The secondary controlling bridge 126 may include link and node data 190, as well as an associating algorithm 192. As with the primary controlling bridge 124, the secondary controlling bridge 126 may be configured to provide one or more of the north bridge elements 108, 110, 112 with routing information 132, including address data 134 and routing information 132. The primary and secondary controlling bridges 124, 126 may exchange protocol messages with one or more of the north bridge elements 108, 110, 112 and may create and program one or more of the port groups 171, 172. For example, the primary controlling bridge 124 may create a first port group 171 and may exchange Link Aggregation Control Protocol (LACP) messages with the south bridge elements 116, 118, 120, 122. The primary controlling bridge 124 may further create the second port group 172. The port groups 171, 172 may be associated with bridge elements, VLANs, and/or logical networks, per the routing information. For example, the first port group 171 may be a primary port group for first and second VLANs, and a secondary, or backup, port group for a third VLAN.

In operation, the primary controlling bridge 124 may communicate the routing information 132 to the north bridge element 108. The north bridge element 108 may process and forward each received data frame directly to an appropriate external physical uplink port. For example, the north bridge element 108 may be configured to forward data frames to the south bridge element 116, as indicated by dashed line 130, and to the south bridge element 118, as indicated by dashed line 105. The north bridge element 110 may be configured to forward data frames to the south bridge element 116, as indicated by dashed line 107. The north bridge element 110 may further be configured to communicate data frames to the south bridge element 118 and the south bridge element 120, as indicated by dashed lines 109 and 111, respectively. The north bridge element 112 may be configured to forward data frames to the south bridge element 122, as indicated by dashed line 113. The north bridge element 108 may thus be configured to forward data frames to the same south bridge element 118 as the north bridge element 110.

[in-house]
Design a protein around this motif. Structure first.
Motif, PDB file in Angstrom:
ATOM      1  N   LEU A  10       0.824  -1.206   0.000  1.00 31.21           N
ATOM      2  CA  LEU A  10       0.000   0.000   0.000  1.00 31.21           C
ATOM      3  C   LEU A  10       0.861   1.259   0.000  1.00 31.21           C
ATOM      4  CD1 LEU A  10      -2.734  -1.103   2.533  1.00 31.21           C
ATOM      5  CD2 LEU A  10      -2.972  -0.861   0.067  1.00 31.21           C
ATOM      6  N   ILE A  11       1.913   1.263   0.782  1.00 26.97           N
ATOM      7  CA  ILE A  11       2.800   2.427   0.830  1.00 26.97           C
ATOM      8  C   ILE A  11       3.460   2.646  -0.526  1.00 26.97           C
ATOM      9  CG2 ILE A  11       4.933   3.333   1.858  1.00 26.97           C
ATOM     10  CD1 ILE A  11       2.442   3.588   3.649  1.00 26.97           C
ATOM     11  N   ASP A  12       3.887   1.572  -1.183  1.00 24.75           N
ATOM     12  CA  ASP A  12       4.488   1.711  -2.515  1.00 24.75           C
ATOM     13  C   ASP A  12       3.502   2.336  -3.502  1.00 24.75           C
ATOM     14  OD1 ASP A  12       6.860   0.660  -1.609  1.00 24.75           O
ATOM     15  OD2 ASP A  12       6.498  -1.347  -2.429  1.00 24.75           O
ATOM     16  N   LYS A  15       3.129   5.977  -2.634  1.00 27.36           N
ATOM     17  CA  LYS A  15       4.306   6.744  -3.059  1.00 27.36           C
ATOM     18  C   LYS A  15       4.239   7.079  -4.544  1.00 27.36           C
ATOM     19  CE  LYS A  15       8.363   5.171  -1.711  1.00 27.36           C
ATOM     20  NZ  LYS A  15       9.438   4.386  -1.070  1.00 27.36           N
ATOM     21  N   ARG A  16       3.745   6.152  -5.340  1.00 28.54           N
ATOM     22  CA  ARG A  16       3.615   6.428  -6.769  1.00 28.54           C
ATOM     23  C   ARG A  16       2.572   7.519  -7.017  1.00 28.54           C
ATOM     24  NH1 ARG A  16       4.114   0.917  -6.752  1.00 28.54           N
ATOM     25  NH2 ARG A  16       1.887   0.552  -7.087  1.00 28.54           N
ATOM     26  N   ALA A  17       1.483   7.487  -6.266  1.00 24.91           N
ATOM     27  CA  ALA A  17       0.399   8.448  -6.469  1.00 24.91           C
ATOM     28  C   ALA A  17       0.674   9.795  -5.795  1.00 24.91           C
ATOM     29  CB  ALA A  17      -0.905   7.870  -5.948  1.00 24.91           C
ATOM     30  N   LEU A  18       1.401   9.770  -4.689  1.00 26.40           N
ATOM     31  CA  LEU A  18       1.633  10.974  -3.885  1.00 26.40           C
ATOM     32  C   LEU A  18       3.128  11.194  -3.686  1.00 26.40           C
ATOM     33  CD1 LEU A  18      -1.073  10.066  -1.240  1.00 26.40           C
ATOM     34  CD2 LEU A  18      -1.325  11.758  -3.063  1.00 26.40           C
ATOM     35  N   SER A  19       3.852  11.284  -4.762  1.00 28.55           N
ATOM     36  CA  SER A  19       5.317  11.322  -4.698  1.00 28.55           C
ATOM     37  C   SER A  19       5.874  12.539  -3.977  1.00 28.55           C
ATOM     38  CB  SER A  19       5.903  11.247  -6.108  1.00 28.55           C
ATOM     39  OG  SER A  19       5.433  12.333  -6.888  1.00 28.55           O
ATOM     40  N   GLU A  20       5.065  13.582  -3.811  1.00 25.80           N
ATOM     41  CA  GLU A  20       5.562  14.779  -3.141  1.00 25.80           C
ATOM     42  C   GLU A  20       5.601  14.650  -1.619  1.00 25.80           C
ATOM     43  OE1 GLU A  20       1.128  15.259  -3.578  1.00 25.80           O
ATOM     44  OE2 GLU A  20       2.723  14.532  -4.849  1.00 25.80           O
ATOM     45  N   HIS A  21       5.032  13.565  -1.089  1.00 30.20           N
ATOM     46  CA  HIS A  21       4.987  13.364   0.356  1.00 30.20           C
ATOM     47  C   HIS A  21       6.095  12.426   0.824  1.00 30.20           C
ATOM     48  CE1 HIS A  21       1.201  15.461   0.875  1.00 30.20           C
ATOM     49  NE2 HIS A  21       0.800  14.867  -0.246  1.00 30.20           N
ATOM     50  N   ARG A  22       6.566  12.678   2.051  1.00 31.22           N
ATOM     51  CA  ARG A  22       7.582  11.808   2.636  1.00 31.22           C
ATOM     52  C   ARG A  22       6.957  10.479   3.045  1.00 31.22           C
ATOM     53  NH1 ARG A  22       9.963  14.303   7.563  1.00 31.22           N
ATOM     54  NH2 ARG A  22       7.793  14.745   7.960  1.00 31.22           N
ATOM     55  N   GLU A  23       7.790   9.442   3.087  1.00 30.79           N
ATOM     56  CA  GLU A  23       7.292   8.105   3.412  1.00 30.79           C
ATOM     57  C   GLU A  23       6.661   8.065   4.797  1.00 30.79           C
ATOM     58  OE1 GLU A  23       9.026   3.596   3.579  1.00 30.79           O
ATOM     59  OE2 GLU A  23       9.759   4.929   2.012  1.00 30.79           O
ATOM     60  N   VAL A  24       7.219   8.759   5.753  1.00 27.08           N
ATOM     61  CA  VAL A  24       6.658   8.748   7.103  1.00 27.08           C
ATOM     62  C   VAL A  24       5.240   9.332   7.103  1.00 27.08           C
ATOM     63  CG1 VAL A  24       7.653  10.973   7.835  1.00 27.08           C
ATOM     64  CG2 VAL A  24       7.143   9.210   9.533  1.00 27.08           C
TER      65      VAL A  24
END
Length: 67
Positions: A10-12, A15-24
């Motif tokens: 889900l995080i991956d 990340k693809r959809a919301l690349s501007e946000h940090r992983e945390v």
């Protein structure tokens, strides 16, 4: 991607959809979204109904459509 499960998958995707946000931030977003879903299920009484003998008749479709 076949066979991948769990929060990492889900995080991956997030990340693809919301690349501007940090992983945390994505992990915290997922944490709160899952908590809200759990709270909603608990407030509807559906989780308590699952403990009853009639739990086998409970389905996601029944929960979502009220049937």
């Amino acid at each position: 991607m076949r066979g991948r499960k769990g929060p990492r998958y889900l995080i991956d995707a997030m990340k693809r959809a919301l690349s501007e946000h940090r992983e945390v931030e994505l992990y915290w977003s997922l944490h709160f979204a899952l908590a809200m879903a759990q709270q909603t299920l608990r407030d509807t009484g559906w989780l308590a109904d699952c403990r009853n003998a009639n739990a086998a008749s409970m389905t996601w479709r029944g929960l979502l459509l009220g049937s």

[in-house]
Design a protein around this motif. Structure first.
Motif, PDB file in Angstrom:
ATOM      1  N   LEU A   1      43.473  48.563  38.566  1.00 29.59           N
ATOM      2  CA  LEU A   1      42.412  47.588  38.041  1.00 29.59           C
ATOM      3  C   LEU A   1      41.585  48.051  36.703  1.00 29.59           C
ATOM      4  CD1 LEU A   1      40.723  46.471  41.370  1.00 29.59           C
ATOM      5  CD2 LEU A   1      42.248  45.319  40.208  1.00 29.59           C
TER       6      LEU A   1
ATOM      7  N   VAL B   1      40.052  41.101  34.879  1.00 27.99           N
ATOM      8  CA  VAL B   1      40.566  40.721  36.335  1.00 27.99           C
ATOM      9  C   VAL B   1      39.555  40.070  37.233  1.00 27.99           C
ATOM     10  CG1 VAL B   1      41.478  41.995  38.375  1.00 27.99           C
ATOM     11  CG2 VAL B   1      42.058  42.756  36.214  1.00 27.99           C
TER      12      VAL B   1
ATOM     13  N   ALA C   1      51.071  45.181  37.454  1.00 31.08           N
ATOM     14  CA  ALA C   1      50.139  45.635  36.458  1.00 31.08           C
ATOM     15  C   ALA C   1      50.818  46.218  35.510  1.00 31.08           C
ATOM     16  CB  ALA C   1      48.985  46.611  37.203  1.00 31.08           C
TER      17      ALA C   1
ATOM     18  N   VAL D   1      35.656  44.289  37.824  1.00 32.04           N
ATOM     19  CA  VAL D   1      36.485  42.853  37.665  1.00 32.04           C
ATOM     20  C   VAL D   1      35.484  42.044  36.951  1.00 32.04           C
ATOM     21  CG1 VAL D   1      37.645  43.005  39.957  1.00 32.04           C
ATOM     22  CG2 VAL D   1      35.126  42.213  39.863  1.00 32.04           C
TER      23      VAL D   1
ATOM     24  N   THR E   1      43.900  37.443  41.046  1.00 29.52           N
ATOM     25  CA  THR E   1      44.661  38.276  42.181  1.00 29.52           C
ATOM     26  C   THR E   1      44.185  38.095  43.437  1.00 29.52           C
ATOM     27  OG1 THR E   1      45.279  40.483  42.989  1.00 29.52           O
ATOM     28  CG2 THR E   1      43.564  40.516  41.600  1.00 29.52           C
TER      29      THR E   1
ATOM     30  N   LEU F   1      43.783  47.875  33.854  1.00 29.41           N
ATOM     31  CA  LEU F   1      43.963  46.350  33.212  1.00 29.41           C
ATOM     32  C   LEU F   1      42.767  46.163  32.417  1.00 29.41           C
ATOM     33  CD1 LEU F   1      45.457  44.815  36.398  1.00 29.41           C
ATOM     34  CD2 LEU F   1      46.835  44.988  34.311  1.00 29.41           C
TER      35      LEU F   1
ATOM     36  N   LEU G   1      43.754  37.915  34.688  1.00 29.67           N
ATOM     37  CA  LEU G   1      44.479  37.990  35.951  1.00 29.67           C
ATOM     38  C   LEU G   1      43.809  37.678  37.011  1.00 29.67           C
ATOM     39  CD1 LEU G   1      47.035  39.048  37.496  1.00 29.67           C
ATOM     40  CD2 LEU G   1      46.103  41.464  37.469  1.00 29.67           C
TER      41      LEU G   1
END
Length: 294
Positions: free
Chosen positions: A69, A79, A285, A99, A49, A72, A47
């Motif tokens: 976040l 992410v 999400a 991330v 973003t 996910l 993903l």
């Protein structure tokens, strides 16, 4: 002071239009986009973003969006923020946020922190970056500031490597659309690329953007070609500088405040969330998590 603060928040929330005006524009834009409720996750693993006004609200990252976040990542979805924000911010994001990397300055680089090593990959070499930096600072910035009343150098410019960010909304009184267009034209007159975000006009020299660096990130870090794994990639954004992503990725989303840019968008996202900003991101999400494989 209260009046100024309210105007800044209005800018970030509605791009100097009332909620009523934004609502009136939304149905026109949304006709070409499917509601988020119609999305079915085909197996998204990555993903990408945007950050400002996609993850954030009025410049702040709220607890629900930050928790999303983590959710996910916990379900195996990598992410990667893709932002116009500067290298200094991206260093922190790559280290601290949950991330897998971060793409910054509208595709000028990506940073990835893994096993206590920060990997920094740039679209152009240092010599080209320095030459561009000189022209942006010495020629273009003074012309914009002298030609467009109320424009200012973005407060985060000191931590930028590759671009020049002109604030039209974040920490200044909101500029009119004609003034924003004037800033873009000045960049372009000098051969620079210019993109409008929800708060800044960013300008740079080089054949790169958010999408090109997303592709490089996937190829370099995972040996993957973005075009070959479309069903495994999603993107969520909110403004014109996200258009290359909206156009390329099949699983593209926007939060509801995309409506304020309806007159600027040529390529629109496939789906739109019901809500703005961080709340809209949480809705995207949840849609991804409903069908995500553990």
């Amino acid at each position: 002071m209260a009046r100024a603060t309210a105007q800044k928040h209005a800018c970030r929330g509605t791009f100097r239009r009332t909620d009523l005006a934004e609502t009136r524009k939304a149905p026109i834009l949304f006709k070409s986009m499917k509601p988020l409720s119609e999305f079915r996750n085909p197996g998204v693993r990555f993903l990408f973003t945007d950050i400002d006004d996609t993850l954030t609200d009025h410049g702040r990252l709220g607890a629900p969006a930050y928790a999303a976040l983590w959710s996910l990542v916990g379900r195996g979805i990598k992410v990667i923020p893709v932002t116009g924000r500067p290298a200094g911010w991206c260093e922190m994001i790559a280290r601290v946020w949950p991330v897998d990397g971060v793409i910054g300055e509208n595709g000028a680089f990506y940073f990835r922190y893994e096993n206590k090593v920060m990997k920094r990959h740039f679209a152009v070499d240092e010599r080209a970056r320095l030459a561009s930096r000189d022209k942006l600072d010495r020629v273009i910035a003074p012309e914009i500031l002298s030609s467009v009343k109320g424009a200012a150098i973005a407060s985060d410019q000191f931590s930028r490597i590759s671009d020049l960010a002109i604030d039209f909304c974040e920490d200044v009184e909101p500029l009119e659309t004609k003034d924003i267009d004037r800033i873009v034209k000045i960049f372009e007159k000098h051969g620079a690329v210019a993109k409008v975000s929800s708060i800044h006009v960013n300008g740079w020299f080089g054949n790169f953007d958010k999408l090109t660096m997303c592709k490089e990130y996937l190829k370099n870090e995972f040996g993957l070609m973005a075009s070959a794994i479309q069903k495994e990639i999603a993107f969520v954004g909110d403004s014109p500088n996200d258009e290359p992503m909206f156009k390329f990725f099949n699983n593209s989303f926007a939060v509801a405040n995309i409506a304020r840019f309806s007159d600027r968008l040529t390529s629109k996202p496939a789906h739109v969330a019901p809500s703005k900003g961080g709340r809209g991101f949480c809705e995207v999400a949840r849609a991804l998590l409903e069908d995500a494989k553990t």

The distributed network switch 100 may be configured to automatically facilitate failover operations. For example, the south bridge element 118 may detect a fault, or failure, associated with the link 119 to the external switch 128. The link failure may include a fault associated with the physical link 119 or the port 135. The south bridge element 118 may inform the primary controlling bridge 124 that the link 119 is faulty. The link 119 is associated with the port group 171. The primary controlling bridge 124 may communicate updated link state information to the north bridge elements 108 and 110 that use sub-links in the affected first port group 171 that indicate the failure of the link 119. The south bridge element 118 may optionally notify the north bridge element 108 that its forwarding attempt was unsuccessful. The north bridge elements 108 and 110 may refrain from using the link 119 during subsequent link selection, according to techniques described further below.